The Difference Between Murder and Homicide
At a glance, many words in the legal system are often used as if they are equal and interchangeable. However, in many situations, doing so is incorrect. Among the many terms that are often mistakenly used this way is murder and homicide. The difference between the two may not seem big, but the terms used in a case make a world of difference.
Murder is defined by three different degrees, all of which have an unlawful and generally unjustifiable basis. For example, first-degree murder involves premeditation and intent. Whether the perpetrator has a motive or not, it is simply killing another person without just cause. Second-degree murder involved killing someone without pre-planning or pre-mediation, essentially killing another person for the sake of doing so. Finally, third-degree murder, often categorized as manslaughter, involves the intent of harming someone that results in death even if death was not intended.
Homicide differs from murder in a few key ways. Among them, homicide is still killing another person, but in a circumstance that could be considered justifiable. For example, many self-defense cases that result in the death of another person are considered homicide. A person would, for example, kill a person who is posing a threat to their life. In these kinds of cases, other factors beyond the death of the person are considered in court when sentencing a defendant.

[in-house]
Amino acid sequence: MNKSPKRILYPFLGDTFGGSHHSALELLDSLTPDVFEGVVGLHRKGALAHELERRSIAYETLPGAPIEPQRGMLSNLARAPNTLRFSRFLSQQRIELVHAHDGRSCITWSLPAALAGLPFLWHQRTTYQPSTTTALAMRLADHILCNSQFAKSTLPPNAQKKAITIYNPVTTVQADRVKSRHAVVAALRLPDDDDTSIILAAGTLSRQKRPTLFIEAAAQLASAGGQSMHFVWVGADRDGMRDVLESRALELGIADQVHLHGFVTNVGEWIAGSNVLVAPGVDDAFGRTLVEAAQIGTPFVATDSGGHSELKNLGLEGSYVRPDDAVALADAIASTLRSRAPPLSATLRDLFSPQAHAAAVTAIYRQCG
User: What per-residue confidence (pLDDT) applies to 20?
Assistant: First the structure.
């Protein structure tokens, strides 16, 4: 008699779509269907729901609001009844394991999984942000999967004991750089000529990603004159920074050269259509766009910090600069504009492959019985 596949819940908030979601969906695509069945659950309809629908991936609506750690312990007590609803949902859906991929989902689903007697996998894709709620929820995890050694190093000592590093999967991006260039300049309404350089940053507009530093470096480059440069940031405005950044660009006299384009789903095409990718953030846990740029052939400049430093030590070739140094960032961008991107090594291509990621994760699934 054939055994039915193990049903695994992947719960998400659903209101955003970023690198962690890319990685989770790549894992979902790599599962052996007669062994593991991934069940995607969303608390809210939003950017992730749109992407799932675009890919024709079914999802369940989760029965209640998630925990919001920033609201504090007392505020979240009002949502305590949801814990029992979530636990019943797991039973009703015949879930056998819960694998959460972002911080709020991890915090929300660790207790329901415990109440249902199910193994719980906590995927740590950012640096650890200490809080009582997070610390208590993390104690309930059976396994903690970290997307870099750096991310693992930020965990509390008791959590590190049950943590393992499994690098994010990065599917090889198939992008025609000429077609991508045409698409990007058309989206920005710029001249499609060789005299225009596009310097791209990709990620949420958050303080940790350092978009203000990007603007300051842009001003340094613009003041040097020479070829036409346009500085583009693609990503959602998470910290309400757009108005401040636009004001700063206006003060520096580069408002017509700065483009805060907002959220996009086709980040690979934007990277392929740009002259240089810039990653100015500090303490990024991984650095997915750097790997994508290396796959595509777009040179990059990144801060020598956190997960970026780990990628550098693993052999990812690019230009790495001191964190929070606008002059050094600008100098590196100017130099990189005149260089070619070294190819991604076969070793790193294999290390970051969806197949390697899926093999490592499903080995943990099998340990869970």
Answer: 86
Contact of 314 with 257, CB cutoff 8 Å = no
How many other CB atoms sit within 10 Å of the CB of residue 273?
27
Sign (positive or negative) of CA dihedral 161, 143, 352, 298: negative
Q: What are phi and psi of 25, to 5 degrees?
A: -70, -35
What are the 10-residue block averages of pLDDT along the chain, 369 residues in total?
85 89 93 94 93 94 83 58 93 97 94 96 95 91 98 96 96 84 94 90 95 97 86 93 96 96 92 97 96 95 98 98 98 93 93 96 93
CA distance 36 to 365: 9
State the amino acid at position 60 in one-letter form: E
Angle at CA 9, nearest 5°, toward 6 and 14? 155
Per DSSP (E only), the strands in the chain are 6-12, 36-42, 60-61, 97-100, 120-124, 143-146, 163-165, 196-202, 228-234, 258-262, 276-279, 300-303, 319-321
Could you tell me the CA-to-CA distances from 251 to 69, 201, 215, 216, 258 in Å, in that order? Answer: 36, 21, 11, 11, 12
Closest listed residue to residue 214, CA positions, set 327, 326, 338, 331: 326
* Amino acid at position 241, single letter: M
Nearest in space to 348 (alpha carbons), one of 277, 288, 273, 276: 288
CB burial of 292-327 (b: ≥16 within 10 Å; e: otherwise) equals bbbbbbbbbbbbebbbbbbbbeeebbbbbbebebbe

The category that a killing falls under makes a world of difference in court and fighting a murder conviction requires a strong defense and legal expertise. It could mean the difference between extensive jail time, a criminal record, and many extraordinarily high fines and penalties.
If you or someone you know in New Jersey is facing charges for murder or homicide, you need to contact an experienced and aggressive criminal defense attorney who could fight for you. Contact former prosecutor John Tumelty today to schedule a case consultation by calling 609-390-4600 or contact online.